Saving the site

OSI planned to sell most of the 10,000 acres to the state for addition to the Forest Preserve, “but at the same time we realized there were these incredibly important historic structures,” Petronis said, “and we knew that if we transferred those structures to the state they would be nonconforming within the Forest Preserve. It would mean they would have to come down unless they were to get some sort of variance.”

OSI ultimately developed a subdivision plan that carved out several hundred acres from the 10,000-acre tract to preserve and interpret as a historic area.

“We retained just the areas around the structures and the structures themselves,” Petronis said. “The biggest piece is around what we call the historic core area, the old town of Adirondac and the blast furnace. That’s almost 200 acres. We wanted to keep both sides of the Hudson River around the town of Adirondac because some of the structures are on the other side of the river.”

Shoring up

Creating this historic area was just the beginning. Preserving and interpreting it would require time, labor and money. OSI started applying for grants and eventually secured funding from various state agencies and private foundations to perform what Petronis said was about $1 million in initial restoration work on McNaughton Cottage and the blast furnace.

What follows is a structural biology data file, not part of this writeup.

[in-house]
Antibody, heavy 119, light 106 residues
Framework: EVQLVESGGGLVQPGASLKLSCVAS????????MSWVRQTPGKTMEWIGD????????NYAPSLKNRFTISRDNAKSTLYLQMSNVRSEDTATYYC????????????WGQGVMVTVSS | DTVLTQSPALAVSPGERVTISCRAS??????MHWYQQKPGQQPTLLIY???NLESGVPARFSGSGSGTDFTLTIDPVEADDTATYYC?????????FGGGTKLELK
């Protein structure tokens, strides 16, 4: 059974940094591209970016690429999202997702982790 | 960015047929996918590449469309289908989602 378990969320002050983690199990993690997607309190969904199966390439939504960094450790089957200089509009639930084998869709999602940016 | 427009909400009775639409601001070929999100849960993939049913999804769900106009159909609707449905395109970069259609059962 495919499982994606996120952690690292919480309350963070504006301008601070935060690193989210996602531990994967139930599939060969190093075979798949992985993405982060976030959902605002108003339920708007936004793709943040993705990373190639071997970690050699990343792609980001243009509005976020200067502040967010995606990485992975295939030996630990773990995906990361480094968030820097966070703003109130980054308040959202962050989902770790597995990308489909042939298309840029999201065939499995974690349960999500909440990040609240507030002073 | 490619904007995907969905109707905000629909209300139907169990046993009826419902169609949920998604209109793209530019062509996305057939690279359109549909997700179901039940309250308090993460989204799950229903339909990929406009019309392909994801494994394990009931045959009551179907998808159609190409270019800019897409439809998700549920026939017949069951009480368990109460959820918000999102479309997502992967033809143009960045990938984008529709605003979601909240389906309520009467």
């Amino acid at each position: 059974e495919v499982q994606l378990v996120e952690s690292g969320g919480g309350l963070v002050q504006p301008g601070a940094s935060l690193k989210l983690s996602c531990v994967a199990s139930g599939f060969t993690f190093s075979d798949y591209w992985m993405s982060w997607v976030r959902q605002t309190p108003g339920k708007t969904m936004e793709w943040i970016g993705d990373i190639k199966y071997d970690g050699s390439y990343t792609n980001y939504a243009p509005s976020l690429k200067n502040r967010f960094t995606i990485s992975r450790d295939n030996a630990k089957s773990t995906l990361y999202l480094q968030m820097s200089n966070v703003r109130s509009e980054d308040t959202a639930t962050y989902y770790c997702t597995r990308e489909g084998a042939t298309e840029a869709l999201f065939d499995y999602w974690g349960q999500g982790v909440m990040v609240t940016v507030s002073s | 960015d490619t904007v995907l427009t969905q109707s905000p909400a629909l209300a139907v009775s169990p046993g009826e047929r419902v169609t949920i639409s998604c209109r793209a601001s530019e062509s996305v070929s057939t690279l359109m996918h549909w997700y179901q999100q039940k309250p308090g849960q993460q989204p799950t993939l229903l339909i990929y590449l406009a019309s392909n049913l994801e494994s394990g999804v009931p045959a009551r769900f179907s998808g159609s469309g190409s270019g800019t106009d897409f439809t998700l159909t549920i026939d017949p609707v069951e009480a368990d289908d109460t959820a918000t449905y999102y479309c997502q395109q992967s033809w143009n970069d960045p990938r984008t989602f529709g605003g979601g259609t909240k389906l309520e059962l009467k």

“McNaughton Cottage was really just leaning,” Petronis said. “It looked like it was a couple years away from complete collapse.”

“The building had a huge hole in the foundation, a big hole in the roof and a hole that went from the roof to the foundation,” Vandrei said. “We managed to stabilize it. That was something DEC did. We went in there with timbers and propped it up.”

At the blast furnace, the trees that had grown up around the structure were cleared.

“It was collapsing from the inside out and we had to restabilize it,” Petronis said. “We put a cover on the top to keep the water out. That was the first phase of restoration of the blast furnace. We do still have additional work we need to do with the blast furnace and the wheel house, closer to the river.”

OSI secured a state grant to do that work, but it requires a 50 percent local match. Petronis said the organization has so exhausted its fundraising efforts in the area that it’s been tough to meet the match.

Interpreting the site

More recently, a master plan for the property has been developed with involvement from local stakeholders, state agencies and other nonprofits. An interpretive plan was crafted by artist and interpretive exhibit designer Robert McNamara to help tell the history of the site.

“We ended up coming up with a plan that called for improvements that would offer sort of a trail interpretive experience throughout the site, maintaining restoration of McNaughton Cottage, and using the cottage as a visitor center and ranger station, continued restoration of the blast furnace and interpretation of the whole area,” Petronis said.